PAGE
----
The above described coating formed by sprinkling chromium powder upon the hot ceramic layer of ceramic material may be reinforced by electroplating it with chromium. The chromium covering layer may be polished leaving the sharp edges in the case of turbine blades, intact. Due to the heat insulating action of the ceramic layer the temperature attained by the metal base of a turbine blade provided with a ceramic coating will be somewhat lower than an unprotected blade subjected to the same gas temperature.

The ceramic protective coating described above practically eliminates the attack of vanadium containing slags such as are derived from fuel oil. This greatly lengthens the life of combustion chamber walls and other structural parts which are exposed to such slags.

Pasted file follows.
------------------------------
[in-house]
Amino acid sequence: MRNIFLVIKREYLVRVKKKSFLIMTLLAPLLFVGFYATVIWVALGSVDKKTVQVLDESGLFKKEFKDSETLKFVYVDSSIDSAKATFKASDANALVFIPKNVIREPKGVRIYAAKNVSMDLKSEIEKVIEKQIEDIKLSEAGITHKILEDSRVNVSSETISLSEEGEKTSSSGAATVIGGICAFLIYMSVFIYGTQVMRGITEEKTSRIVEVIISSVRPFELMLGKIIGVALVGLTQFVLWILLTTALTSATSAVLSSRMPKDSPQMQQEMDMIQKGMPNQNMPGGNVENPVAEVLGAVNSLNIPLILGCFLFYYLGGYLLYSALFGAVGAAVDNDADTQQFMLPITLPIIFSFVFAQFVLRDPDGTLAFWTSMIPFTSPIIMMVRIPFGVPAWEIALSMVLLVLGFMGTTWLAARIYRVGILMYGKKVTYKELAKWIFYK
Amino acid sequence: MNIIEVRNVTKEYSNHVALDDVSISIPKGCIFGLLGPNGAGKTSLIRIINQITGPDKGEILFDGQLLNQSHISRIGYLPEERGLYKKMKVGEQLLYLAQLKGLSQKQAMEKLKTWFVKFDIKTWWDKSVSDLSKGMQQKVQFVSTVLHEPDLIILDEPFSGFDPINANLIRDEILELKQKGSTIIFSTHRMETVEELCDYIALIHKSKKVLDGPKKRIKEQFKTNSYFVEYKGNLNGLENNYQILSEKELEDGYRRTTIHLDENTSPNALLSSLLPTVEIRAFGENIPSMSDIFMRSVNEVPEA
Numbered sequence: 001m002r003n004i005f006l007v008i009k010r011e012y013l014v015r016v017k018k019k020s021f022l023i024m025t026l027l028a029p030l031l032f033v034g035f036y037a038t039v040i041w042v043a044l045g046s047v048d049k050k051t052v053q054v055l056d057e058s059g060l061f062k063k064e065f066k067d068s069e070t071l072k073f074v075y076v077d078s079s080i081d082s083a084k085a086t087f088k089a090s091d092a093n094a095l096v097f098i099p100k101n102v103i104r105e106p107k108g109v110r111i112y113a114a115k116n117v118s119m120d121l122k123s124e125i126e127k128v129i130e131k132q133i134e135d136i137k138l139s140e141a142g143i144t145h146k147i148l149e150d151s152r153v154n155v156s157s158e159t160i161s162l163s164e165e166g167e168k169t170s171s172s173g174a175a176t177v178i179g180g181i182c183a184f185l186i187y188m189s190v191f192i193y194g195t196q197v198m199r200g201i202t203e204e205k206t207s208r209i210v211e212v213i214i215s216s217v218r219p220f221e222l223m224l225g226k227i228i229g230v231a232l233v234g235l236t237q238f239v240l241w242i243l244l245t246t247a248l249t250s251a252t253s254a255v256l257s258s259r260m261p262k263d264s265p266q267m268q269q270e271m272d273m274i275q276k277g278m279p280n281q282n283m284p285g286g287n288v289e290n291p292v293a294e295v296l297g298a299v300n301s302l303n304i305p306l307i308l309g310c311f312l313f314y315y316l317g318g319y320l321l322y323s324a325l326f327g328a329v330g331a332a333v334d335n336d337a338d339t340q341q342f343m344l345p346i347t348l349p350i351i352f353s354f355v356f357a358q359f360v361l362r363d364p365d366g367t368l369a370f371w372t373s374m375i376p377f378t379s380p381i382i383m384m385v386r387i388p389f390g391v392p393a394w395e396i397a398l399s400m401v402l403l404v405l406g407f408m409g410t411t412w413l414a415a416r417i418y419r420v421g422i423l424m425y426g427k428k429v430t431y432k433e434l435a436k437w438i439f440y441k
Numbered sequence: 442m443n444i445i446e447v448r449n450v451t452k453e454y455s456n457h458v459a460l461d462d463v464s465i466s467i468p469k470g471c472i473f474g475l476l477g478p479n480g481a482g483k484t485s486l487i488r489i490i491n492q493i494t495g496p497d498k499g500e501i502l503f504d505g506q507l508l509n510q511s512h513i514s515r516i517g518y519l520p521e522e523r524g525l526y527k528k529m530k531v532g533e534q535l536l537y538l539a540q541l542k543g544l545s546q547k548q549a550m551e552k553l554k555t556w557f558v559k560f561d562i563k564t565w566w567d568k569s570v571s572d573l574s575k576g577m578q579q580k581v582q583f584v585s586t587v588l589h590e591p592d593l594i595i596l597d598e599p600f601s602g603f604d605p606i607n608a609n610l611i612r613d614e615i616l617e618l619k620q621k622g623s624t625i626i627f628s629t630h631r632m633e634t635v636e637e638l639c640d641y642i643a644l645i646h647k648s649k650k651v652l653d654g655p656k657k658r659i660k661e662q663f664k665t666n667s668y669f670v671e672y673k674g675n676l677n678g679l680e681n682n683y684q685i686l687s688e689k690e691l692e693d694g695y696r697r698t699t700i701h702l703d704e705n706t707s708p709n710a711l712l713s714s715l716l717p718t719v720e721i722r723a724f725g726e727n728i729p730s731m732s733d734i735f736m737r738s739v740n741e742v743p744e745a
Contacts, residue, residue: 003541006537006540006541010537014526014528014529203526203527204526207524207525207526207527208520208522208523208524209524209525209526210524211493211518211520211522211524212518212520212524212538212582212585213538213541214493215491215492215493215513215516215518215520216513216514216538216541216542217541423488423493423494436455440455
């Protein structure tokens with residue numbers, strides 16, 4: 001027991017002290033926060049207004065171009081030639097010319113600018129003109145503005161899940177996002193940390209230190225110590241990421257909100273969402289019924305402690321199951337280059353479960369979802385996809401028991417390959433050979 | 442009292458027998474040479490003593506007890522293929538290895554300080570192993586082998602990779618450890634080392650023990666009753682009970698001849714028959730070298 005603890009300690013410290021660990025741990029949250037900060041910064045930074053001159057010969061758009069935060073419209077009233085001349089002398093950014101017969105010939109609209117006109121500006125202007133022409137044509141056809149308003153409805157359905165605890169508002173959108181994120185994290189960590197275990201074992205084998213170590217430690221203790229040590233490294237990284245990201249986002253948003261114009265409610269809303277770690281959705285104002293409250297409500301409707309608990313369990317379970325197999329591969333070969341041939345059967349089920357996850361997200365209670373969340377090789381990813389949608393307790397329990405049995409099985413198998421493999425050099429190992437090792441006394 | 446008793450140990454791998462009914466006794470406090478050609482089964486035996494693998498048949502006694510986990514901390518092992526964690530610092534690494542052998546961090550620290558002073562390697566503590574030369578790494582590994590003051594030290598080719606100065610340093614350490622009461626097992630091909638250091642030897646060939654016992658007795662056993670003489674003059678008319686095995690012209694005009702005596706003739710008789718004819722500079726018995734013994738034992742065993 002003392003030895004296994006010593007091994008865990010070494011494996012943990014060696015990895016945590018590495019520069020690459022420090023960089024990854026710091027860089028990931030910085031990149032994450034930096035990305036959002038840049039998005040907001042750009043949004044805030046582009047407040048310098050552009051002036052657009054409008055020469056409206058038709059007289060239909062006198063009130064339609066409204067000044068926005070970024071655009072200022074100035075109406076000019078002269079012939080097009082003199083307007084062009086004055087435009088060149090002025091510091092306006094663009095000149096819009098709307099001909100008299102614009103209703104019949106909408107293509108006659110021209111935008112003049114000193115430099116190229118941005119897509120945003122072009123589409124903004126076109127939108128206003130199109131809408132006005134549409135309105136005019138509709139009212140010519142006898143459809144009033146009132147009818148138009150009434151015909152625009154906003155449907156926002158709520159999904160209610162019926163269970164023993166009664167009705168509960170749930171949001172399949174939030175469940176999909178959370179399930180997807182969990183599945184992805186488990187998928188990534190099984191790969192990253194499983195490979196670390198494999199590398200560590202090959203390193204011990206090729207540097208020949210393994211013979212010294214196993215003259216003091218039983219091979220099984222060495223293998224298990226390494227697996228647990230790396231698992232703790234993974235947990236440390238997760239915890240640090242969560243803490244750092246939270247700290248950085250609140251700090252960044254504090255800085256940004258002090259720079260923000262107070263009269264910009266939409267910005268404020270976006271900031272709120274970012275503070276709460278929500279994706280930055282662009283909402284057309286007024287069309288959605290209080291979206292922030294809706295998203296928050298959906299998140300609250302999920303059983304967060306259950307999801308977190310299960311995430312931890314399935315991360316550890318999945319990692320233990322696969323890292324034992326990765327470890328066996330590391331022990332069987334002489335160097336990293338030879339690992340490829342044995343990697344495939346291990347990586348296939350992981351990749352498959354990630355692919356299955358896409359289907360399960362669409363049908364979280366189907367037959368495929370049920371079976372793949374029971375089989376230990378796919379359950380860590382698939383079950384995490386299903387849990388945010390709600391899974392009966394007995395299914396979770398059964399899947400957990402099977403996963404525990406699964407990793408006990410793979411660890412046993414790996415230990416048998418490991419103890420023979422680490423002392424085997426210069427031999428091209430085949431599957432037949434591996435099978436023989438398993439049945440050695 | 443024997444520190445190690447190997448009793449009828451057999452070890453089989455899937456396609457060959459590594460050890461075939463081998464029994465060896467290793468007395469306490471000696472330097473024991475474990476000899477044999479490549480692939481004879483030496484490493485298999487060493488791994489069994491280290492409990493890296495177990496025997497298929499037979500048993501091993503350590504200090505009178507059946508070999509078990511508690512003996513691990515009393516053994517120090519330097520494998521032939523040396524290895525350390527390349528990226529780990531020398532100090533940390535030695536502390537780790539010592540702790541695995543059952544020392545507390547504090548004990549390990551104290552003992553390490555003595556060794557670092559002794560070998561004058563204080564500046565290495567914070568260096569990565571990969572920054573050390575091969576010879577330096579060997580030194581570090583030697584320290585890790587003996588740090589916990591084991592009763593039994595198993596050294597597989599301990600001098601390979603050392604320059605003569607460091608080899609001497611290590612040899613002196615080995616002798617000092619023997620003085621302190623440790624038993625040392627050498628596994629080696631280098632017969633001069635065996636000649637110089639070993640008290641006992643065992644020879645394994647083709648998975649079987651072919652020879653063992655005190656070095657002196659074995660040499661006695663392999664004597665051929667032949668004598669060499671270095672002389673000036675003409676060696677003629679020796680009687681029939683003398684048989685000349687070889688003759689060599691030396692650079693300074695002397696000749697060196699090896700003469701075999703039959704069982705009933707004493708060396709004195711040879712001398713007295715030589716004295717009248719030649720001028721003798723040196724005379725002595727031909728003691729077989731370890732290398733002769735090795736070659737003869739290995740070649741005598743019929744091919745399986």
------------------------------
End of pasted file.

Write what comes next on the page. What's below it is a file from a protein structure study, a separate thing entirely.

The invention is not limited to the particular enamel 'compositions vdescribed above. The base for vthe chromium oxide containing enamel may be any good enamel suitable for use on unalloyed steel. Many such enamels are well -known. Examples of such enamels Aare the following, the parts being :by weight.

Parts Parts (a) Borax 43.8 Sodium nitrate 2.0 Feldspar 27.7 Potassium oxide 0.3 Quartz 27.8 Manganese oxide 0.4 Fluorspar 2.9 Nickel-oxide 1.0 ASoda 8.8 Clay 11.6 (b') Borax 24.2 Cryolite 17.0 Feldspar .28.5 Potassium nitrate 5.0 Quartz v28.4 oda 5.7 4l-iluorspar `5. Kaolin 2.1

The chromium oxide content ofthe enamel may vary within the range from 212%.